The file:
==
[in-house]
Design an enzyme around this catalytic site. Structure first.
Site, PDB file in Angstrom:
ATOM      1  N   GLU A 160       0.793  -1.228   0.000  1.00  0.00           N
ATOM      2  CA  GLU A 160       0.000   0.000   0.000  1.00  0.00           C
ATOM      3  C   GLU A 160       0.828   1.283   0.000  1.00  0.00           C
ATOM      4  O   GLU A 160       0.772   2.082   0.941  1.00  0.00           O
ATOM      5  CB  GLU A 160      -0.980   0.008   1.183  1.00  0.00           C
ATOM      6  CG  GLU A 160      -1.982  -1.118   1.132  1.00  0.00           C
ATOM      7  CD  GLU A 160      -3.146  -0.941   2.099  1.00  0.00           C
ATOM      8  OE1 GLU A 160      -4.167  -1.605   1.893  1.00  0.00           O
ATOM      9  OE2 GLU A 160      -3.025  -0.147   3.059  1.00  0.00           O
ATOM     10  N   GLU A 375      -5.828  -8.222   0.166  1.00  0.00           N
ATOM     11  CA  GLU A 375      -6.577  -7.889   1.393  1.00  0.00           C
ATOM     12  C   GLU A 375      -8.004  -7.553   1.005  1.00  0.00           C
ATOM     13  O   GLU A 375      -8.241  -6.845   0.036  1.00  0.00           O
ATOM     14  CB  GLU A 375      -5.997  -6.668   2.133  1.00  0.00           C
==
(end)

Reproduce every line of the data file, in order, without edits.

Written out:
[in-house]
Design an enzyme around this catalytic site. Structure first.
Site, PDB file in Angstrom:
ATOM      1  N   GLU A 160       0.793  -1.228   0.000  1.00  0.00           N
ATOM      2  CA  GLU A 160       0.000   0.000   0.000  1.00  0.00           C
ATOM      3  C   GLU A 160       0.828   1.283   0.000  1.00  0.00           C
ATOM      4  O   GLU A 160       0.772   2.082   0.941  1.00  0.00           O
ATOM      5  CB  GLU A 160      -0.980   0.008   1.183  1.00  0.00           C
ATOM      6  CG  GLU A 160      -1.982  -1.118   1.132  1.00  0.00           C
ATOM      7  CD  GLU A 160      -3.146  -0.941   2.099  1.00  0.00           C
ATOM      8  OE1 GLU A 160      -4.167  -1.605   1.893  1.00  0.00           O
ATOM      9  OE2 GLU A 160      -3.025  -0.147   3.059  1.00  0.00           O
ATOM     10  N   GLU A 375      -5.828  -8.222   0.166  1.00  0.00           N
ATOM     11  CA  GLU A 375      -6.577  -7.889   1.393  1.00  0.00           C
ATOM     12  C   GLU A 375      -8.004  -7.553   1.005  1.00  0.00           C
ATOM     13  O   GLU A 375      -8.241  -6.845   0.036  1.00  0.00           O
ATOM     14  CB  GLU A 375      -5.997  -6.668   2.133  1.00  0.00           C